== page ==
This is one of the most frequently asked questions we get! Short naps (anything under 60 minutes but typically 30-45 minutes) can really feel like the bane of parent’s lives. The ideal nap length is at least 2 cycles long (90 minutes in a perfect world)! We all know that little ones need to nap in order to be happy and content when they’re awake, but what if they just can’t sleep for longer than 30-45 minutes at a time?
It’s usually down to one of 4 reasons:
- Over tiredness: If your baby is going down for their nap overtired (i.e., they’ve had too much awake time before the nap) they will find it difficult to get to sleep and stay asleep. This is due to them having built up a lot of adrenaline during the awake window in order to stay awake which then leaves them feeling ‘wired’ when they should be sleepy, meaning they will struggle to drop into the next sleep cycle as they are feeling restless. This often leads to them suddenly waking up after 1 cycle and feeling very cross about this! So, if your baby is waking up after 30-45 minutes very upset, it is likely overtiredness causing this. Try shortening their awake windows (details of the age appropriate awake windows can be found here.
- Under tiredness: If your little one is taking a long time to fall asleep, but not necessarily overly upset during this process, plus then waking up after 30-45 minutes happy and content, this indicates that they didn’t have enough sleep pressure built up before then nap for them to be able to link their sleep cycles. Simply put, they just weren’t tired enough to need a longer nap! Try increasing their awake windows to see if a little extra sleep pressure helps them to sleep for longer.
- Environment: It’s important that you try to ensure the room your little one naps in is as dark as possible so that they aren’t stimulated by what they can see around them when they come to the edge of their first sleep cycle. A Gro-blind can be useful for making rooms dark during the day. If you need to be out and about for a nap, try a Snoozeshade for your buggy – it can help to block out the excitement of the hustle and bustle of daytime! In terms of noise, if you notice that your house isn’t overly consistent in terms of noise levels during the day, or night for that matter (noisy neighbours, busy roads, builders working in the neighbourhood, dogs barking etc), consider using white noise. This can really help to create a consistent environment for your little one to nap in – as long as it is on constantly throughout the time they are asleep, and not on a sensor or timer.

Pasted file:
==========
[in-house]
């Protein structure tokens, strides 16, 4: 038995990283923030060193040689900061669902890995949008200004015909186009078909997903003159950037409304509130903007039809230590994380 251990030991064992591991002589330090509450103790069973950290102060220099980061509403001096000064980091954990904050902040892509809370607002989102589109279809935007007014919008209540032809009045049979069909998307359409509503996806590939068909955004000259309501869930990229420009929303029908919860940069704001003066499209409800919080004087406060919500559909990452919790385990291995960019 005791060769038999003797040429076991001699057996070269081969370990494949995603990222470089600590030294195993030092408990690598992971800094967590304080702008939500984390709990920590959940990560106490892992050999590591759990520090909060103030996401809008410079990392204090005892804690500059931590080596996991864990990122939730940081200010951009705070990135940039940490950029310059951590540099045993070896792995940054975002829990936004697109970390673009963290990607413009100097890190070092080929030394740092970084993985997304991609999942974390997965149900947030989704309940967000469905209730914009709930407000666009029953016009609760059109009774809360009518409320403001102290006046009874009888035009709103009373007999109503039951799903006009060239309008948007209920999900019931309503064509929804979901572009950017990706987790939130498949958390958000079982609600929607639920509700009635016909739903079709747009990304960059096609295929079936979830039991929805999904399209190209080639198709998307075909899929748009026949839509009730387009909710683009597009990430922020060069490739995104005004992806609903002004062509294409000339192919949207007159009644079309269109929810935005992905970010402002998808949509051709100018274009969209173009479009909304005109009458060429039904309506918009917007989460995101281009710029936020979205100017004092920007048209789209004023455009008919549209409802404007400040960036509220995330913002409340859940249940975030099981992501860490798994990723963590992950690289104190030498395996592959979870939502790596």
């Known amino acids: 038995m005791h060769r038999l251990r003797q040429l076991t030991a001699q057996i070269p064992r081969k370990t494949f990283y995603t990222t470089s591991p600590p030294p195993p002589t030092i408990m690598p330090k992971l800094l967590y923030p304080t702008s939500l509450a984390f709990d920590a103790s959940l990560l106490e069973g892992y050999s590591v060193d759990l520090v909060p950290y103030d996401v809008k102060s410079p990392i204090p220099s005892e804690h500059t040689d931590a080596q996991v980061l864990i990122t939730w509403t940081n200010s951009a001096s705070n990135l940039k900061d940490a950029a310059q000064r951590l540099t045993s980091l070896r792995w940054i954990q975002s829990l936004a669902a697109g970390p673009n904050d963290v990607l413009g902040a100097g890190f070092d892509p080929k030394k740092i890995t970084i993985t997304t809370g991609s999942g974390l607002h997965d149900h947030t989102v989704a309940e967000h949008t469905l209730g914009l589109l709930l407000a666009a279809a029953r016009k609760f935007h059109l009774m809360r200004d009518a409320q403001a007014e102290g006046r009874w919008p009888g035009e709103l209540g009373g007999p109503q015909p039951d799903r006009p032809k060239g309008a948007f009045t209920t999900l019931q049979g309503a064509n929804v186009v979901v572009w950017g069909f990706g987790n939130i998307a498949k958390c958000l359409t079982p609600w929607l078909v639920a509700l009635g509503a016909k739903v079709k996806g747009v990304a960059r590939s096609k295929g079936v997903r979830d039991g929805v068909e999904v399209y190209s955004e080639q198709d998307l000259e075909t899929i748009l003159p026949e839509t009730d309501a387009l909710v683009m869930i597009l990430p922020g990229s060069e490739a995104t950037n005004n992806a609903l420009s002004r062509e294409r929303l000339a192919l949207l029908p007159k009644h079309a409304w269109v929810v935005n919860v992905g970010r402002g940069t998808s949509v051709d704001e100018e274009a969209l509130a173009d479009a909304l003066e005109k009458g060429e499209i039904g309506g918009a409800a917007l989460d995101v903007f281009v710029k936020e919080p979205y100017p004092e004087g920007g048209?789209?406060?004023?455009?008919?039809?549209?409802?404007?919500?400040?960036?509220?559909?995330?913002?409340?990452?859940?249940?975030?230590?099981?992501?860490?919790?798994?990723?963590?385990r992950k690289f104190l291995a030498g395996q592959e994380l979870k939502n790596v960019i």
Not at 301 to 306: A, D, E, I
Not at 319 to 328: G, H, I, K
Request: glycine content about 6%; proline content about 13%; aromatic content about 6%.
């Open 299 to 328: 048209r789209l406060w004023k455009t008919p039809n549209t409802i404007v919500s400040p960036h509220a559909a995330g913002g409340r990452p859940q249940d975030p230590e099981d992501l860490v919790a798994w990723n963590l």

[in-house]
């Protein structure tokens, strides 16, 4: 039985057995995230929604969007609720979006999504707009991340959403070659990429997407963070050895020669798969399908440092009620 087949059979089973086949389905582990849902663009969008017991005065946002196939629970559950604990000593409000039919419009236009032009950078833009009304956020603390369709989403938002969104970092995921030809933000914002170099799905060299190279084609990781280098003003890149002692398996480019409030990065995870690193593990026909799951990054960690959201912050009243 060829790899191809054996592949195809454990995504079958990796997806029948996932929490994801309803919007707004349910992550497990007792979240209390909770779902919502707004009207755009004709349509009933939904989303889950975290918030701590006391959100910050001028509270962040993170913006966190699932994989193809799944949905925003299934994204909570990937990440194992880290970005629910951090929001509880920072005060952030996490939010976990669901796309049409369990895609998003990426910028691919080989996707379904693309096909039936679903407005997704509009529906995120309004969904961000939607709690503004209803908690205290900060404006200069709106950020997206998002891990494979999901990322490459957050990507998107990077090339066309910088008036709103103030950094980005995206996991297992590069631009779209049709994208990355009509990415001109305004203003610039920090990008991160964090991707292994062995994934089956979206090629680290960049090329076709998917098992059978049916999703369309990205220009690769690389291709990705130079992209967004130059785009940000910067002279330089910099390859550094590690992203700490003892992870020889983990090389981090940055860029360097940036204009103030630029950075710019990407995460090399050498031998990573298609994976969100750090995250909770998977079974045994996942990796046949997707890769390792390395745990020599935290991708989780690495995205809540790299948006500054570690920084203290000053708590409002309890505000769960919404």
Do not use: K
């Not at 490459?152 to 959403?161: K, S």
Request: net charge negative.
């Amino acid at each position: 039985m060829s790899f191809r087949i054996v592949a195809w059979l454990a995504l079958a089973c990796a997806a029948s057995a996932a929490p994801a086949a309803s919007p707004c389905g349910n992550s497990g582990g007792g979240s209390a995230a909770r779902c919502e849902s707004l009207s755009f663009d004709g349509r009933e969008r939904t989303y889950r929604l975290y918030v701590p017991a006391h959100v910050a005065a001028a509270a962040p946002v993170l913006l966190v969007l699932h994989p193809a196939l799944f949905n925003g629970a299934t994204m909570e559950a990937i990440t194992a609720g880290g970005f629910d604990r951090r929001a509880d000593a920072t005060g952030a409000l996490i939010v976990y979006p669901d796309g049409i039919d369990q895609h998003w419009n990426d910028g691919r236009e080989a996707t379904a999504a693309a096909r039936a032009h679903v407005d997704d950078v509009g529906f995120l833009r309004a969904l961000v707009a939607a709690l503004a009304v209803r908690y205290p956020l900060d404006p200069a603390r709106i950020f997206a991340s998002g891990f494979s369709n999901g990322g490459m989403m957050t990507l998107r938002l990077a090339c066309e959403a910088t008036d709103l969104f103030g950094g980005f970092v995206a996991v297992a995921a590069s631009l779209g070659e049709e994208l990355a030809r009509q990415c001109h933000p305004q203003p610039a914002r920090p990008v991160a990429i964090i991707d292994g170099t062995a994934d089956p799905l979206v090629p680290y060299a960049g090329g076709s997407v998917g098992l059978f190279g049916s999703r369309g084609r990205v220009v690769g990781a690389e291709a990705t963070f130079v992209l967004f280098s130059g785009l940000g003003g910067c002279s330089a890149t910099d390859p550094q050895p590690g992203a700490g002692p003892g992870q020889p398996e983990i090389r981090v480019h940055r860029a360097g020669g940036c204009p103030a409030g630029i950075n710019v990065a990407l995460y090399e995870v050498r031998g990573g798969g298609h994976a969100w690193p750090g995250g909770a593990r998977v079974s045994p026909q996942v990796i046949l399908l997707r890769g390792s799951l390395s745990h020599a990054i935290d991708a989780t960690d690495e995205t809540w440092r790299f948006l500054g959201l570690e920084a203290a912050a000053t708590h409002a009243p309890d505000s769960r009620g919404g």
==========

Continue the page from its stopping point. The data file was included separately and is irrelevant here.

- Independent sleep skills: Perhaps the trickiest to navigate out of all the possible reasons for short naps, is if your little one relies on something external to get to sleep. If your little one feeds to sleep or is rocked to sleep for naps for example, they will need that support to be able to drop into the next sleep cycle. So, if they have been fed to sleep for a nap and you are then able to transfer them into the cot, they will probably wake up from their first cycle and expect to be where they were when they initially fell asleep, and then be very upset about this! Of course, if contact naps work for you then great! Carry on – if it aint broke don’t fix it! However, if you’re finding that this is unsustainable for you as a family, it may be time to start working on those independent sleep skills so that your little one isn’t ‘reliant’ on you to put them to sleep for every occasion.
As always, if you’re experiencing any problems with your little ones sleep, please do get in touch for a free 15 minute chat – We would love to help!